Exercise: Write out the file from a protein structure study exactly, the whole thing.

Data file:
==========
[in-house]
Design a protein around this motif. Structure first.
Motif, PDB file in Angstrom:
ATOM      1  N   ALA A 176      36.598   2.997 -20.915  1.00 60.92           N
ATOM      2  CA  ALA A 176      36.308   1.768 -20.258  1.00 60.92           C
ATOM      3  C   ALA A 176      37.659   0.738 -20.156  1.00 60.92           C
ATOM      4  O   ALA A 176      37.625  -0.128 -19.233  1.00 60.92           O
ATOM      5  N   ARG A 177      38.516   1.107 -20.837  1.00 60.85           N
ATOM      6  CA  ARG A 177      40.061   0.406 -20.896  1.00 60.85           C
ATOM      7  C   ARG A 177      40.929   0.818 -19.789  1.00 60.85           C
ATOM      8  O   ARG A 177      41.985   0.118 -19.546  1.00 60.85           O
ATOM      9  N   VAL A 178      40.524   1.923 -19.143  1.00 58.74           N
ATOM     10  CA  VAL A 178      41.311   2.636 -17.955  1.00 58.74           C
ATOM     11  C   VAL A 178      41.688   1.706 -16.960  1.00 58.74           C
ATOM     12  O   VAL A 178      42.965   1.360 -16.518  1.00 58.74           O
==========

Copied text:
[in-house]
Design a protein around this motif. Structure first.
Motif, PDB file in Angstrom:
ATOM      1  N   ALA A 176      36.598   2.997 -20.915  1.00 60.92           N
ATOM      2  CA  ALA A 176      36.308   1.768 -20.258  1.00 60.92           C
ATOM      3  C   ALA A 176      37.659   0.738 -20.156  1.00 60.92           C
ATOM      4  O   ALA A 176      37.625  -0.128 -19.233  1.00 60.92           O
ATOM      5  N   ARG A 177      38.516   1.107 -20.837  1.00 60.85           N
ATOM      6  CA  ARG A 177      40.061   0.406 -20.896  1.00 60.85           C
ATOM      7  C   ARG A 177      40.929   0.818 -19.789  1.00 60.85           C
ATOM      8  O   ARG A 177      41.985   0.118 -19.546  1.00 60.85           O
ATOM      9  N   VAL A 178      40.524   1.923 -19.143  1.00 58.74           N
ATOM     10  CA  VAL A 178      41.311   2.636 -17.955  1.00 58.74           C
ATOM     11  C   VAL A 178      41.688   1.706 -16.960  1.00 58.74           C
ATOM     12  O   VAL A 178      42.965   1.360 -16.518  1.00 58.74           O